A big puzzle for archaeologists is why stone age culture lasted as long as it did (from approximately 2.5 millions years ago until the start of the copper age around 6.3 thousand years ago). Given the range of innovation rates seen in various cultures through-out human history a much shorter stone age is to be expected. A recent paper proposes that low population density is what maintained the stone age status quo; there was not enough contact between different hunter gather groups for widespread take up of innovations. Life was tough and the viable lifetime of individual groups of people may not have been long enough for them to be likely to pass on innovations (either their own on ones encountered through contact with other groups).
Software development is often done by small groups that don’t communicate with other groups and regularly die out (well there is a high turn-over, with many of the more experienced people moving on to non-software roles). There are sufficient parallels between hunter gathers and software developers to suggest both were/are kept in a stone age for the same reason, lack of a method that enables people to obtain information about innovations and how worthwhile these might be within a given environment.
A huge barrier to the development of better software development practices is the almost complete lack of significant quantities of reliable empirical data that can be used to judge whether a claimed innovation is really worthwhile. Companies rarely make their detailed fault databases and product development history public; who wants to risk negative publicity and law suits just so academics have some data to work with.
At the start of this decade public source code repositories like SourceForge and public software fault repositories like Bugzilla started to spring up. These repositories contain a huge amount of information about the characteristics of the software development process. Questions that can be asked of this data include: what are common patterns of development and which ones result in fewer faults, how does software evolve and how well do the techniques used to manage it work.
Empirical software engineering researchers are now setting up repositories, like Promise, containing the raw data from their analysis of Open Source (and some closed source) projects. By making this raw data available they are reducing the effort needed by other researchers to investigate their own alternative ideas (I have just started a book on empirical software engineering using the R statistical language that uses examples based on this raw data).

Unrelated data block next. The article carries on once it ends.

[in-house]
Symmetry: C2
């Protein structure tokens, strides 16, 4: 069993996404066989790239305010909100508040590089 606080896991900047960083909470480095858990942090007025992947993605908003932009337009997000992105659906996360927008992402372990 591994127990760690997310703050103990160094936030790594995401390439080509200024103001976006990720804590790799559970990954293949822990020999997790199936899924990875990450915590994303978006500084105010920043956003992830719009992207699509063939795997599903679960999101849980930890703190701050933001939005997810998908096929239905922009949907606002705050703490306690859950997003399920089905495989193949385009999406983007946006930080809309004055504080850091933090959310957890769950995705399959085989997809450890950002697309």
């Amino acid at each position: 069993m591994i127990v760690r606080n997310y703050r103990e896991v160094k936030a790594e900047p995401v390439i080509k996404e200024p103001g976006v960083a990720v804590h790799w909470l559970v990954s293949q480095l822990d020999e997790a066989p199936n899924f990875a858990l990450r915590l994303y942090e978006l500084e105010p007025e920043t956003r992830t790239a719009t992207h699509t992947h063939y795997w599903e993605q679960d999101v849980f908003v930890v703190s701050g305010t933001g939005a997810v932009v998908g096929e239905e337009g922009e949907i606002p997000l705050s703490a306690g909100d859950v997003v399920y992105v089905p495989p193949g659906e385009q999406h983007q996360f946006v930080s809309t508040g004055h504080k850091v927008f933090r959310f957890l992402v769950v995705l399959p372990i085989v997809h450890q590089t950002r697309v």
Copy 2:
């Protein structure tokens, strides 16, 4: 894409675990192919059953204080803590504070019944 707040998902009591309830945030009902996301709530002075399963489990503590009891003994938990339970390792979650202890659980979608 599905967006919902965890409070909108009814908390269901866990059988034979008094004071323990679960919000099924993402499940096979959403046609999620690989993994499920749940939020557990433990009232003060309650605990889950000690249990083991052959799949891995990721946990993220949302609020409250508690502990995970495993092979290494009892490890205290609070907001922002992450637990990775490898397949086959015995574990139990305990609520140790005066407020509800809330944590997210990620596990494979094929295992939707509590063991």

One of the side effects of Open Source development could be the creation of software development practices that have been shown to be better (including showing that some existing practices make things worse). The source of these practices not being what the software developers themselves do or how they do it, but the footsteps they have left behind in the sand.
I’m rather late with my list of Christmas books for 2010. While I do have a huge stack of books waiting to be read I don’t seem to have read many books this year (I have been reading lots of rather technical blogs this year, i.e., time/thought consuming ones) and there is only one book I would strongly recommend.
Anybody with even the slightest of interest in code readability needs to read
Reading in the Brain by Stanislaw Dehaene (the guy who wrote The Number Sense, another highly recommended book). The style of the book is half way between being populist and being an undergraduate text.
Most of the discussion centers around the hardware/software processing that takes place in what Dehaene refers to as the letterbox area of the brain (in the left occipito-temporal cortex). The hardware being neurons in the human brain and software being the connections between them (part genetically hardwired and part selectively learned as the brain’s owner goes through childhood; Dehaene is not a software developer and does not use this hardware/software metaphor).